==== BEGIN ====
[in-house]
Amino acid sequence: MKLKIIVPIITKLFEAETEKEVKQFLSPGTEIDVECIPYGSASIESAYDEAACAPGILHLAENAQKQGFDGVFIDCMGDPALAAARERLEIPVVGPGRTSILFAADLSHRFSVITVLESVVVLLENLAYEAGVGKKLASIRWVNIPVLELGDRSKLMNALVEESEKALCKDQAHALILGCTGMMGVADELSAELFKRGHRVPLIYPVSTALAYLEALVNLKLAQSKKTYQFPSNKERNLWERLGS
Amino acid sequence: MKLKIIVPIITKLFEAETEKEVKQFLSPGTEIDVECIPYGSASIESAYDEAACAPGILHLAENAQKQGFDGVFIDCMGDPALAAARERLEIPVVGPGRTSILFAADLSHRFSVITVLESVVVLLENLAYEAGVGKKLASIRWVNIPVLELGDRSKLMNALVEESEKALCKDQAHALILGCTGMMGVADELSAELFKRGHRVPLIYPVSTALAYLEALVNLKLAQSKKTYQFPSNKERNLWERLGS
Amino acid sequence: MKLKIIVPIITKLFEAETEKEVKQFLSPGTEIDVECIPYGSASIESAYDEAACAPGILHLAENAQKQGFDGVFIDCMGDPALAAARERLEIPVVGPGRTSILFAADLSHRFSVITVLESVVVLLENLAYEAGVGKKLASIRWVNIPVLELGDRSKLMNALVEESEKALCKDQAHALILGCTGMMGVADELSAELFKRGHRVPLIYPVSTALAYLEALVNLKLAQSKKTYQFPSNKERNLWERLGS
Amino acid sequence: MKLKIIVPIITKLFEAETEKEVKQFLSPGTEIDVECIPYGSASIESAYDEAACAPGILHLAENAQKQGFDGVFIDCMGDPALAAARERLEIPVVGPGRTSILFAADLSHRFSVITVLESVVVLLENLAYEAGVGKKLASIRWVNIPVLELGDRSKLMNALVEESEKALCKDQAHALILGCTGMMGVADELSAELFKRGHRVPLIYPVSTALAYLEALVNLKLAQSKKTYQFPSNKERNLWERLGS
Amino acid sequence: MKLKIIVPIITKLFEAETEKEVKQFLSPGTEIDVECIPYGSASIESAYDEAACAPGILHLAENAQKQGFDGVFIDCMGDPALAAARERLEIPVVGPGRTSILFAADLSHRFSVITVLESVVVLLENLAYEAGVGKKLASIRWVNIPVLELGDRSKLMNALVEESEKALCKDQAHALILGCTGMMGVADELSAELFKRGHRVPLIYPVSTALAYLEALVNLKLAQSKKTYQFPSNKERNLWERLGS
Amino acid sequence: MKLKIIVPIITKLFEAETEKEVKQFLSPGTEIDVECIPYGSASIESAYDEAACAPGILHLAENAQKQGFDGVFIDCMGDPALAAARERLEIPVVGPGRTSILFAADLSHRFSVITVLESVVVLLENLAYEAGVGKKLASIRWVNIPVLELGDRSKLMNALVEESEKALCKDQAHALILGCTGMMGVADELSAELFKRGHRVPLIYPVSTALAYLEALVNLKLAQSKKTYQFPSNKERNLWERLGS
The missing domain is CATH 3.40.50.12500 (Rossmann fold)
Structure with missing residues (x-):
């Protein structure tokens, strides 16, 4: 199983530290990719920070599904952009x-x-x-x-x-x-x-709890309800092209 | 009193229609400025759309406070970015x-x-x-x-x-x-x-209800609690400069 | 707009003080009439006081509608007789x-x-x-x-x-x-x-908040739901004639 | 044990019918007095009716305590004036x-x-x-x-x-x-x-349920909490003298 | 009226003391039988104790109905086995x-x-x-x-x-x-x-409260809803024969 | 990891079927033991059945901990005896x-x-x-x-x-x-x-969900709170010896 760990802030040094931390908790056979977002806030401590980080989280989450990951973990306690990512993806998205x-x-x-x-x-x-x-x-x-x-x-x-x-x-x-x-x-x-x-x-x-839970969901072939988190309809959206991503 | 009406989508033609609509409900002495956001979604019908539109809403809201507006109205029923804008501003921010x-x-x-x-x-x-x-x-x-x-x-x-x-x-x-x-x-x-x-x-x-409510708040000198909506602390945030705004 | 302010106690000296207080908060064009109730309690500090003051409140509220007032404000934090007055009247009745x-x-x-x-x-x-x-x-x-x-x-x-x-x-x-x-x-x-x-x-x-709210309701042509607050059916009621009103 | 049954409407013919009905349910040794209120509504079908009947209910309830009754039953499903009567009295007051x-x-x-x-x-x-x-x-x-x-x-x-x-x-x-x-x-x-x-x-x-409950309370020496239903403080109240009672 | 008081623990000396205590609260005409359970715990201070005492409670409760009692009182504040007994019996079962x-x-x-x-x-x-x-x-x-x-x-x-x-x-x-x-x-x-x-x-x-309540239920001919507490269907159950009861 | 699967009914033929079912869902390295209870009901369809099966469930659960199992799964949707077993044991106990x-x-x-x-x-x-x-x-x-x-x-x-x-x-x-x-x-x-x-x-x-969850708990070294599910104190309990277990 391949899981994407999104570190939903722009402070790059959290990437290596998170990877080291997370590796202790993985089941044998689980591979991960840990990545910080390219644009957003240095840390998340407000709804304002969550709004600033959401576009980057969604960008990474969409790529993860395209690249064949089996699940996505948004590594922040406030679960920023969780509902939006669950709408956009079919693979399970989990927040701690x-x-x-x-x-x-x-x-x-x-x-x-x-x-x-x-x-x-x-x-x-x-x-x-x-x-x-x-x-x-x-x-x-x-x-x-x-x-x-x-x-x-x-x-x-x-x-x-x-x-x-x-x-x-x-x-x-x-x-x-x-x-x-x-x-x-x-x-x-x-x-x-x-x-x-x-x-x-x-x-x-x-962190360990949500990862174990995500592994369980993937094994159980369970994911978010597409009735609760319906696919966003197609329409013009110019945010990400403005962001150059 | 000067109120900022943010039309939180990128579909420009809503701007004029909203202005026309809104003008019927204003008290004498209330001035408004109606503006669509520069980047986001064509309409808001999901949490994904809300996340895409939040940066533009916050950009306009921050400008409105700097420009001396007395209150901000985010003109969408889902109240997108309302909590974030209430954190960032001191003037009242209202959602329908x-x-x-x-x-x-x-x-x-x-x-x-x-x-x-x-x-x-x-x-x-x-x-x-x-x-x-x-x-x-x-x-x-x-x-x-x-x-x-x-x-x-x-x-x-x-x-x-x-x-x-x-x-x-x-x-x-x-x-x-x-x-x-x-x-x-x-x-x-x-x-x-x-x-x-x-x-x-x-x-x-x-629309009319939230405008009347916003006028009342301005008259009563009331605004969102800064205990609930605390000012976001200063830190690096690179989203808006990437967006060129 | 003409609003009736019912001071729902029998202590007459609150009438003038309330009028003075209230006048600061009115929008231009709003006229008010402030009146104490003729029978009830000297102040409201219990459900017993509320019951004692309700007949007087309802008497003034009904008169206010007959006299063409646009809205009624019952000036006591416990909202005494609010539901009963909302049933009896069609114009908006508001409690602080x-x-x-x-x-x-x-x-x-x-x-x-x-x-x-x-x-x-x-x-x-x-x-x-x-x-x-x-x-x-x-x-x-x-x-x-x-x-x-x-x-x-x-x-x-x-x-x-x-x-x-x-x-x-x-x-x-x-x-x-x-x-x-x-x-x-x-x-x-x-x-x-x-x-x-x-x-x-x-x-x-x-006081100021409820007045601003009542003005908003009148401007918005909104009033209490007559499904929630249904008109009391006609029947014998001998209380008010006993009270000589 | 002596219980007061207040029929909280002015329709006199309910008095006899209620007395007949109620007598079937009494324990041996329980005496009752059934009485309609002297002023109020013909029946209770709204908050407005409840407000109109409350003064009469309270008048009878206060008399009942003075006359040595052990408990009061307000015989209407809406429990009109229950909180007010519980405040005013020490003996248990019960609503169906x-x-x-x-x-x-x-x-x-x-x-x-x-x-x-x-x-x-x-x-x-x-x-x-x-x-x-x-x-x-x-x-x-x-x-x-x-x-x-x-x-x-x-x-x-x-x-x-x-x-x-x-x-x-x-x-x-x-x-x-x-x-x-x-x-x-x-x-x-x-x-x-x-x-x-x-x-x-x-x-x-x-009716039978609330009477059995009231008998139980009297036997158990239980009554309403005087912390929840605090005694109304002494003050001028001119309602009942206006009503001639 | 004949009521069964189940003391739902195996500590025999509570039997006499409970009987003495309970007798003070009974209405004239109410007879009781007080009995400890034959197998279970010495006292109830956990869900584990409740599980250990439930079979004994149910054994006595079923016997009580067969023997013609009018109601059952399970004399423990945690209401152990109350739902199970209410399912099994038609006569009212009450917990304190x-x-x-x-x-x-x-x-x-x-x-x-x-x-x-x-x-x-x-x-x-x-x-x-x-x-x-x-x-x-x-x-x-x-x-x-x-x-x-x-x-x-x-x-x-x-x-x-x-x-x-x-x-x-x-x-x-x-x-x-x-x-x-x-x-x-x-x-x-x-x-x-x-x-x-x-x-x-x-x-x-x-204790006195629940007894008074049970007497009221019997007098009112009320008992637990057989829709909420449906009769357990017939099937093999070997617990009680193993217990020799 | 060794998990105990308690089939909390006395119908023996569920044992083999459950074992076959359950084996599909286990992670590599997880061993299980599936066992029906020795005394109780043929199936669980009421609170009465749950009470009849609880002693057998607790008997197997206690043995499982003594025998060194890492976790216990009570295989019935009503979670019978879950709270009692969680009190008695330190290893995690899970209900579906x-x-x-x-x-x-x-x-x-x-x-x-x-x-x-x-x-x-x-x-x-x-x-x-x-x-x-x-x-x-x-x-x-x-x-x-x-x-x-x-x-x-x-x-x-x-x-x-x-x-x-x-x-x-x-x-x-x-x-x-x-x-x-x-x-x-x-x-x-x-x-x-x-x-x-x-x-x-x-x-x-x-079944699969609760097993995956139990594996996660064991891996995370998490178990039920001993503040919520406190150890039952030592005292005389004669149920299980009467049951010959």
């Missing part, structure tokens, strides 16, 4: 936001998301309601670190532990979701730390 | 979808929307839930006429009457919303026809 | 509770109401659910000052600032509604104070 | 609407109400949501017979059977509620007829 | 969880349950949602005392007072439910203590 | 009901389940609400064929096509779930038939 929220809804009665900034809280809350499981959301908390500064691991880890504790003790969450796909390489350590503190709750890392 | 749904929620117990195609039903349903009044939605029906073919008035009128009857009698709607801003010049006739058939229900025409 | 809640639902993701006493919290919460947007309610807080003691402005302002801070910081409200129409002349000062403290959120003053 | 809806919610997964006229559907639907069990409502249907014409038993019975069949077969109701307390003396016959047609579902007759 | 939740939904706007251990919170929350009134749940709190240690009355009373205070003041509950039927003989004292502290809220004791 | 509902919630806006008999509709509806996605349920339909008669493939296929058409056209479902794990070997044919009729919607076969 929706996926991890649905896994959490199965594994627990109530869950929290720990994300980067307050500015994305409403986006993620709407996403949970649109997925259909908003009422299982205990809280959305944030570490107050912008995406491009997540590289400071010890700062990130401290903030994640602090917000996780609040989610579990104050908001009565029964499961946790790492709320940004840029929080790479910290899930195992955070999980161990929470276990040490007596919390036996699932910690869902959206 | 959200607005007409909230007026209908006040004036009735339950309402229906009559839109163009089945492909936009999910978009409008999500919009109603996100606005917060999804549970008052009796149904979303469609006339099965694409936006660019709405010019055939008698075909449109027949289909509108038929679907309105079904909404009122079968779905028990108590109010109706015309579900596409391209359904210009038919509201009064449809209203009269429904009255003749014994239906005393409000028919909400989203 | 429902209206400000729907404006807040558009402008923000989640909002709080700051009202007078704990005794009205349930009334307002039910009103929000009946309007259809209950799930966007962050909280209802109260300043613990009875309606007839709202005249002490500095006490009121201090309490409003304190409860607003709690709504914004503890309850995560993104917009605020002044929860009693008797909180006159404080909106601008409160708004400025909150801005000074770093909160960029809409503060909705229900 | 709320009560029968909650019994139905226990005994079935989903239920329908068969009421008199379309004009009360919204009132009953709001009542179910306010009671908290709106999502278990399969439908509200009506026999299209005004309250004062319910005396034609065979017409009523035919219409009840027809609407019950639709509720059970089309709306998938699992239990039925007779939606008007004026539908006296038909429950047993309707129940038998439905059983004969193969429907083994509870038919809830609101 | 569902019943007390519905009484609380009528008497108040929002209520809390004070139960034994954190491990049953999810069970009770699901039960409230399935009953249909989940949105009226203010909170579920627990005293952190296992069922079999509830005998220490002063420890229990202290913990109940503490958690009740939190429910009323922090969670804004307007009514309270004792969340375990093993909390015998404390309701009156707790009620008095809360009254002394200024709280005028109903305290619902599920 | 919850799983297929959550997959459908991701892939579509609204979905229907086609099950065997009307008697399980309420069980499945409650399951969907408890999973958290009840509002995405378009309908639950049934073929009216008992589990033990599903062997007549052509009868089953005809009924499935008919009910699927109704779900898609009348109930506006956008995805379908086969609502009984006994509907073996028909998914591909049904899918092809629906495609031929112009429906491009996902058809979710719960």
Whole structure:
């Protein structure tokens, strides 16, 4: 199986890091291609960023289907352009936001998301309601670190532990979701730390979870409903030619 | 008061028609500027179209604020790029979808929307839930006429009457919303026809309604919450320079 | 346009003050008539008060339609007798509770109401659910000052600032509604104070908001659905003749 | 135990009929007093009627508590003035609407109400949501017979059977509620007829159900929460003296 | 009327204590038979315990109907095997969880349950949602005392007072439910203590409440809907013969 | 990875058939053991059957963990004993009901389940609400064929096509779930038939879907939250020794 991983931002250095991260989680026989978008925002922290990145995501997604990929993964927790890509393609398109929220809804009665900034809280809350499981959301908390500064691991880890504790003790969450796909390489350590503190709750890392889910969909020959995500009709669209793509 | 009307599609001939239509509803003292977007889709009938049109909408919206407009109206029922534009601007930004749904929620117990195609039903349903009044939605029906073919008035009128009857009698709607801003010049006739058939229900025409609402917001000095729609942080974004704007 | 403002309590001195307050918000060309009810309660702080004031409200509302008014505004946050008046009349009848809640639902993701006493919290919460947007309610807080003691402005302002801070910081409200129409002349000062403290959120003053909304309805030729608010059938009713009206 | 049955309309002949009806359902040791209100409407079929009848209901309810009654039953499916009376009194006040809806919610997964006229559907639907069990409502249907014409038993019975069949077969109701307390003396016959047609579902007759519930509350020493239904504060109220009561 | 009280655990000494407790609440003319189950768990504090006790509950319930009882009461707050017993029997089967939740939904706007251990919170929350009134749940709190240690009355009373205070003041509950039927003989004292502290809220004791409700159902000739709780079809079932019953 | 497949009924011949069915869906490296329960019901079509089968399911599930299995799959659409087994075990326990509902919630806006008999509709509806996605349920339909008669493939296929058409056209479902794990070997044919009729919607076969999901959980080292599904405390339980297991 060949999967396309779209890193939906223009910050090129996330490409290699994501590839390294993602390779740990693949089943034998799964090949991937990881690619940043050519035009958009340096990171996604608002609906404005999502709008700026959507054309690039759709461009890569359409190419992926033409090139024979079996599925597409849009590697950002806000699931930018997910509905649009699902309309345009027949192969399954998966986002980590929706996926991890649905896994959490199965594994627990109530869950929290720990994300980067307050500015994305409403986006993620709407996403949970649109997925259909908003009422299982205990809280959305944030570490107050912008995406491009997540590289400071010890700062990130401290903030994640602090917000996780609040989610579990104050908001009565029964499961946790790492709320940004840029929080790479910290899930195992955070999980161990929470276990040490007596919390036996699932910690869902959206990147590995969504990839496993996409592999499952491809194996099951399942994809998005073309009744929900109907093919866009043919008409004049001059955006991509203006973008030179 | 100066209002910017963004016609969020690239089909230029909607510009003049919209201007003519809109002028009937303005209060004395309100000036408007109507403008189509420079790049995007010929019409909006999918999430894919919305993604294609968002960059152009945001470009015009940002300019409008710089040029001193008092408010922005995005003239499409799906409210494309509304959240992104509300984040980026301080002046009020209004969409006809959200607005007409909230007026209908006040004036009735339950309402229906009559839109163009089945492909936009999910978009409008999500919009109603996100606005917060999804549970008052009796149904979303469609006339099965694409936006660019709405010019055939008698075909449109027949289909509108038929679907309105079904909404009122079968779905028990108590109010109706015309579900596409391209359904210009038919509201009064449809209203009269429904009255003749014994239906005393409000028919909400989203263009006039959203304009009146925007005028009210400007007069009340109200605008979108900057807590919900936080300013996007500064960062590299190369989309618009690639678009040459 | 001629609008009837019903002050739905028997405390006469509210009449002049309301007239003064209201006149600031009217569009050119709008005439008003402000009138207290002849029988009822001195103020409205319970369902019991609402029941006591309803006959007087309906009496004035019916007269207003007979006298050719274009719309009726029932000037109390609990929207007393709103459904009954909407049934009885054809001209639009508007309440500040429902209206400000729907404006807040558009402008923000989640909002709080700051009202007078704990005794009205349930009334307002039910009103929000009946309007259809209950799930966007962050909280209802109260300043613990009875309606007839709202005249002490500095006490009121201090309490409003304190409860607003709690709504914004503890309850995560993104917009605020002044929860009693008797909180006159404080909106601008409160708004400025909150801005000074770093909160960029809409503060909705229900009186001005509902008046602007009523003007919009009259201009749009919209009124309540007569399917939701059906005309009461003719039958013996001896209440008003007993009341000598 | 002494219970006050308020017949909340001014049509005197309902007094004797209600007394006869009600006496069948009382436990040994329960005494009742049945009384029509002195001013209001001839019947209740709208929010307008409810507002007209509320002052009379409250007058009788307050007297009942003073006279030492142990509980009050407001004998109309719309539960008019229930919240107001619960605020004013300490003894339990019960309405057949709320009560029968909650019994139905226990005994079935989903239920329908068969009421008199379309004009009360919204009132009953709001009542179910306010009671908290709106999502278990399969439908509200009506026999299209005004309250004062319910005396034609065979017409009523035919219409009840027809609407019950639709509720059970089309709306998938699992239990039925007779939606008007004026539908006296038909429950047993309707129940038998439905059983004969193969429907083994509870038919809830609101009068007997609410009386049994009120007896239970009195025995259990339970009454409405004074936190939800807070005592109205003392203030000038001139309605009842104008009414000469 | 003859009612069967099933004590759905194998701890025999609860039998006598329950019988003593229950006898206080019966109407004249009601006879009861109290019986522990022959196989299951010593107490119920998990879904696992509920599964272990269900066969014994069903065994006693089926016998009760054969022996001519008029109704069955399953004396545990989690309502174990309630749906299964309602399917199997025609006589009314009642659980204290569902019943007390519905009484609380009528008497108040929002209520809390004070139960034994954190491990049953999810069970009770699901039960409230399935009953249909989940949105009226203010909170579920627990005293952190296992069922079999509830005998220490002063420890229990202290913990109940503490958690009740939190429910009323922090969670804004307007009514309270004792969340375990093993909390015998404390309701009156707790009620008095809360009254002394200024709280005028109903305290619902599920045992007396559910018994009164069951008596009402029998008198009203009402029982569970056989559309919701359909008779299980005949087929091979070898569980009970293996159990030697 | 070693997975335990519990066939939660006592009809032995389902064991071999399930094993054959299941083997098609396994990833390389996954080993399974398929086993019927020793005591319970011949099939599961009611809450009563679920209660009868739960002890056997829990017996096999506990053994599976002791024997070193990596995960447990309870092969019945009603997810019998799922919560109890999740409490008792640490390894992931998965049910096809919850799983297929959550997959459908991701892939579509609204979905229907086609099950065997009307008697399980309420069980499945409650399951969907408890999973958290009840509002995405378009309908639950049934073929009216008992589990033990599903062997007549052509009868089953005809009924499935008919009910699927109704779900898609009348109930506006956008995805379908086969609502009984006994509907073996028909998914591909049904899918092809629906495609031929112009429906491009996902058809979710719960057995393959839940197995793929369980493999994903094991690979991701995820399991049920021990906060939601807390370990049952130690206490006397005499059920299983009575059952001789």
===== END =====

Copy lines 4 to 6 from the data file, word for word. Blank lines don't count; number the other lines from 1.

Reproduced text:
Amino acid sequence: MKLKIIVPIITKLFEAETEKEVKQFLSPGTEIDVECIPYGSASIESAYDEAACAPGILHLAENAQKQGFDGVFIDCMGDPALAAARERLEIPVVGPGRTSILFAADLSHRFSVITVLESVVVLLENLAYEAGVGKKLASIRWVNIPVLELGDRSKLMNALVEESEKALCKDQAHALILGCTGMMGVADELSAELFKRGHRVPLIYPVSTALAYLEALVNLKLAQSKKTYQFPSNKERNLWERLGS
Amino acid sequence: MKLKIIVPIITKLFEAETEKEVKQFLSPGTEIDVECIPYGSASIESAYDEAACAPGILHLAENAQKQGFDGVFIDCMGDPALAAARERLEIPVVGPGRTSILFAADLSHRFSVITVLESVVVLLENLAYEAGVGKKLASIRWVNIPVLELGDRSKLMNALVEESEKALCKDQAHALILGCTGMMGVADELSAELFKRGHRVPLIYPVSTALAYLEALVNLKLAQSKKTYQFPSNKERNLWERLGS
Amino acid sequence: MKLKIIVPIITKLFEAETEKEVKQFLSPGTEIDVECIPYGSASIESAYDEAACAPGILHLAENAQKQGFDGVFIDCMGDPALAAARERLEIPVVGPGRTSILFAADLSHRFSVITVLESVVVLLENLAYEAGVGKKLASIRWVNIPVLELGDRSKLMNALVEESEKALCKDQAHALILGCTGMMGVADELSAELFKRGHRVPLIYPVSTALAYLEALVNLKLAQSKKTYQFPSNKERNLWERLGS